"House Arrest: Mary Entler's Adventure in Harpers Ferry," by Catherine Baldau
Collected in The Harpers Ferry Anthology: Civil War-era Stories by Park Rangers and Volunteers (HFHA, 2012) Edited by Catherine Baldau

(excerpt)

The civilian’s Civil War story often contains the same degree of danger and courage as that of the Civil War soldier. This was especially true of the civilians who lived in border states, in the small towns and counties where Union and Confederate forces alternately walked their streets, encamped in their yards, or battled in their fields. At times, their homes were headquarters or hospitals. These citizens did not simply read about the war, or imagine the harrowing event of some distant place. The war was on their doorstep. Often, their stories involve suspicion and risk, intrusion, destruction, and fear of starvation. But just as often, the civilian story is one of ingenuity, bravery, humor, and love.


At the onset of the Civil War, Mary Louise Entler was twenty-one years old, unmarried, and living in Shepherdstown, Virginia (now West Virginia). The town overlooked the Potomac River, about twelve miles north of Harpers Ferry. Sharpsburg, Maryland, was less than five miles away on the opposite bank of the Potomac. Mary’s father Joseph owned a hotel on German Street. One brother, Cato Moore Entler—like many fellow Shepherdstown men—served in Company B, 2nd Virginia Infantry, Stonewall Brigade. Since the town was “disputed territory” and often occupied by Union soldiers, getting mail to and from Confederate soldiers proved to be a challenge. Civilians had to find clever ways to exchange mail across the lines. As Mary described, “the post office was located in some novel places—sometimes in the folds of a lady’s dress—often in a grandfather’s clock—in a piano, a stove, and frequently in a lady’s dress sleeve.”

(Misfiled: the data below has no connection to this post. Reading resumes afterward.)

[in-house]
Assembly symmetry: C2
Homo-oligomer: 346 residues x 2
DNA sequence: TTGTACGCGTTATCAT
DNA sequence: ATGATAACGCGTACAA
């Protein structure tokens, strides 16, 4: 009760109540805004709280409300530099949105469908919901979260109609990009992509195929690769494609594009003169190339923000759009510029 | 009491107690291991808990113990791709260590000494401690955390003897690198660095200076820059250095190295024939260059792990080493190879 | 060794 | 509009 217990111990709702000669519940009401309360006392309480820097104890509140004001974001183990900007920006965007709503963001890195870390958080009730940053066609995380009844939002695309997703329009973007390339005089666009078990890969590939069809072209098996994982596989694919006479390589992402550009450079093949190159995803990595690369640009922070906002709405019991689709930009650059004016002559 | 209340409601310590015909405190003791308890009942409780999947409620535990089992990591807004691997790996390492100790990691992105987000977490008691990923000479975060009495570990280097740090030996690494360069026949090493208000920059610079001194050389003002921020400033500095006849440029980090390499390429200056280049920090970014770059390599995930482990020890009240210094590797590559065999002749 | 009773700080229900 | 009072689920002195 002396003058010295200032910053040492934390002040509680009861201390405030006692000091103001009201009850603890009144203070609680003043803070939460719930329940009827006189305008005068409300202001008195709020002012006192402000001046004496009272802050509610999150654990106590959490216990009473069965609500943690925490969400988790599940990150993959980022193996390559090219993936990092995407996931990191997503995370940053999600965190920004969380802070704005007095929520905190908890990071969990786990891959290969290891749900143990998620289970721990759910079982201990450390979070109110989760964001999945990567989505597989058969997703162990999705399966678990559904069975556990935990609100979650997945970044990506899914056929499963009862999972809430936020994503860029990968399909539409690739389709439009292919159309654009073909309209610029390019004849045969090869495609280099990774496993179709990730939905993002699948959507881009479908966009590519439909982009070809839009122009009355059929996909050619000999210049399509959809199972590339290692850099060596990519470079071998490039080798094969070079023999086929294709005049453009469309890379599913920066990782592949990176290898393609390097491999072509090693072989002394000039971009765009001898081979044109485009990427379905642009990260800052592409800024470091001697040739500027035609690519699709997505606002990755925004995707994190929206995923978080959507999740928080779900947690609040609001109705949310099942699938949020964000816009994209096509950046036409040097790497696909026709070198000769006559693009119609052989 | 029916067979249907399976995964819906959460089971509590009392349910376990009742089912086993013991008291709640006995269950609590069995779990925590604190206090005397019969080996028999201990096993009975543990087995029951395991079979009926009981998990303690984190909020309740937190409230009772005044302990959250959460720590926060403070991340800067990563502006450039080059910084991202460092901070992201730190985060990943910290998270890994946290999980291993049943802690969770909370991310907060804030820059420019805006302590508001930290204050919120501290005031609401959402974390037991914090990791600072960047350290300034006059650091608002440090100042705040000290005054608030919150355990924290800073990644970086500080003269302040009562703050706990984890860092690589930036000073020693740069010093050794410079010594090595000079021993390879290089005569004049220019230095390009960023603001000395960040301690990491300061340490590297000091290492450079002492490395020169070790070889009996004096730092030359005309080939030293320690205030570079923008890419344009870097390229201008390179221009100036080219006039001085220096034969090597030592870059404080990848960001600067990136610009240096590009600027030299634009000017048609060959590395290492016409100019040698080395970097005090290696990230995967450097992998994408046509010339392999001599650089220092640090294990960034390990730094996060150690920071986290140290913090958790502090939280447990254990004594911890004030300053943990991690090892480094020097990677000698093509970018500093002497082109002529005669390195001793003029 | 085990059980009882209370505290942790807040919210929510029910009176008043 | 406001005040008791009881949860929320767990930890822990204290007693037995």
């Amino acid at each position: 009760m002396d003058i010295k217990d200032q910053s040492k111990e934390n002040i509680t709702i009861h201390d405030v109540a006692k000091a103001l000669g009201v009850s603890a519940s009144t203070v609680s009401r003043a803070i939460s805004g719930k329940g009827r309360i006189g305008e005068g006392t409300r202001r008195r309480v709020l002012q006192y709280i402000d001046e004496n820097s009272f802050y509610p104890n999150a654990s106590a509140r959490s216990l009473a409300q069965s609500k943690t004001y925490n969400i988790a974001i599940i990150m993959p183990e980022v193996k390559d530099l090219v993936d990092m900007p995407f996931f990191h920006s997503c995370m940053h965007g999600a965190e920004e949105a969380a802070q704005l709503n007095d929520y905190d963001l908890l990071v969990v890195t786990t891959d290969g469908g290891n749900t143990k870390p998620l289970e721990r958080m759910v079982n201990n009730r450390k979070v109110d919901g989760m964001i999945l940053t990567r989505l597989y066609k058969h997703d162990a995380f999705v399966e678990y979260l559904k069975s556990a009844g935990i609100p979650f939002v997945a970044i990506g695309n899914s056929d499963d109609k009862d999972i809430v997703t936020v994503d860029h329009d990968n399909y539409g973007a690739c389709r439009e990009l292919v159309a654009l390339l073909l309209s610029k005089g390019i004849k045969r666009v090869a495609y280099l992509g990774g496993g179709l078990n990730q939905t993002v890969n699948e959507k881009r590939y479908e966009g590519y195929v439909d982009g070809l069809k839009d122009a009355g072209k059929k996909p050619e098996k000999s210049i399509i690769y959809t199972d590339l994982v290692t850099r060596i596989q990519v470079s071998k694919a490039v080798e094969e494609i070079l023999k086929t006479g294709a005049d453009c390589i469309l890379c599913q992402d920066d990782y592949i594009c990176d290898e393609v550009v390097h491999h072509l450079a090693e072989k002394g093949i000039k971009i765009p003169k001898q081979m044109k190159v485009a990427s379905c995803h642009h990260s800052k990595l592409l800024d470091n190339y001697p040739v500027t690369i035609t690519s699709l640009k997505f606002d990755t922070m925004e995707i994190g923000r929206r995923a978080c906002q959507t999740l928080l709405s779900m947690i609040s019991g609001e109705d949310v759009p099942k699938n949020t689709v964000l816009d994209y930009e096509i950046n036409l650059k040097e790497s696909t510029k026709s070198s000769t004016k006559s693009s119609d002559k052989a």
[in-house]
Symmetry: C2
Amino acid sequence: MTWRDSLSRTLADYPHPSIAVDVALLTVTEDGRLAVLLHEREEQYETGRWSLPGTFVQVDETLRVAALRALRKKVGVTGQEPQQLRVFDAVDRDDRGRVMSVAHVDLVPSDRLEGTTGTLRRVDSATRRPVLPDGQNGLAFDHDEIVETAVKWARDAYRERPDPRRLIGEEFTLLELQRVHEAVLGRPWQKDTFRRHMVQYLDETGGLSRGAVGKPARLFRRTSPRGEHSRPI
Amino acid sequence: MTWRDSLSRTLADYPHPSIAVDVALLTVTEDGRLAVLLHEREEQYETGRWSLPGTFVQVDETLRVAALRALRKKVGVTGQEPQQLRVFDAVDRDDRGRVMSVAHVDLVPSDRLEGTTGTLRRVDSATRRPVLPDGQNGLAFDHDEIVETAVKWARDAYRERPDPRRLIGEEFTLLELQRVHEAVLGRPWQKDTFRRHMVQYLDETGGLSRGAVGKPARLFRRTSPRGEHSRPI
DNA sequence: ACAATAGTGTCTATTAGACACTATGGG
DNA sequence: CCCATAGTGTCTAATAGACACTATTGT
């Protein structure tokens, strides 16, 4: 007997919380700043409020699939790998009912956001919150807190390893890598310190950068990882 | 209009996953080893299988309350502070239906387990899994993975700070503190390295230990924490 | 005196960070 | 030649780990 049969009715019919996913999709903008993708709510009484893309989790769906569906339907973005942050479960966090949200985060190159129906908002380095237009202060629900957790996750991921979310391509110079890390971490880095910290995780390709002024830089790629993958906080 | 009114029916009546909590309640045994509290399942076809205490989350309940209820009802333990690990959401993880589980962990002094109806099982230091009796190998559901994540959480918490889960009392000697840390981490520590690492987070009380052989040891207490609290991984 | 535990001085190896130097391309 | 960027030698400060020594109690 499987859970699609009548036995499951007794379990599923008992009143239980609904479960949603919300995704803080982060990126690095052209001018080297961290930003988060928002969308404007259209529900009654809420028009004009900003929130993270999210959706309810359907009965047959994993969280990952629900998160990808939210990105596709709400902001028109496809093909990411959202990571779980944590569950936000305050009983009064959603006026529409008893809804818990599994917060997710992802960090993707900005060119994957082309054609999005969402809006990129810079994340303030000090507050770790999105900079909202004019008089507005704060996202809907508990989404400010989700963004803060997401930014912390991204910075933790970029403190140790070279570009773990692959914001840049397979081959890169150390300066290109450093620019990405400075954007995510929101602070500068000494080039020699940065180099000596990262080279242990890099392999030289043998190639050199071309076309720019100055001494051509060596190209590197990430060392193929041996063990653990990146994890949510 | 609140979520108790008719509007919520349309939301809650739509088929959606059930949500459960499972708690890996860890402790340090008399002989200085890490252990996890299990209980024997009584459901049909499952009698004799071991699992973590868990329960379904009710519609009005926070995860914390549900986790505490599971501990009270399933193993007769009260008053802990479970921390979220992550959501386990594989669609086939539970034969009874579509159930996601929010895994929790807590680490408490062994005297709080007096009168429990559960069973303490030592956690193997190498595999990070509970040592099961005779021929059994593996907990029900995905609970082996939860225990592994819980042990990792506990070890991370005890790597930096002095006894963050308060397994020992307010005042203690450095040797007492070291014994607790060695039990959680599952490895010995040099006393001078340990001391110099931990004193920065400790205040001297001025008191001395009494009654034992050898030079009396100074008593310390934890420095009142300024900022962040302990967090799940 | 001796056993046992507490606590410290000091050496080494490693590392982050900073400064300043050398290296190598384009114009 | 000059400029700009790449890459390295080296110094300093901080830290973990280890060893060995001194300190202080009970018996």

Mary Entler’s personal account of her experience during the Civil War describes the “agony of suspense” townspeople suffered not knowing the fate of loved ones at the front. “Letters were in Charlestown [sic] for us and letters were here to go to the army, but how were they to be gotten through?” Mary’s bold solution to this problem would eventually lead to her arrest and stay in Harpers Ferry under armed guard.

The Harpers Ferry Anthology is available at the Park Bookshop in historic Lower Town Harpers Ferry, by calling 304.535.6881, or visiting www.harpersferryhistory.org.

**The Harpers Ferry Historical Association is a non-profit cooperating association supporting the education and interpretive programs of Harpers Ferry National Historical Park. All proceeds from the sale of their publications benefit park programs.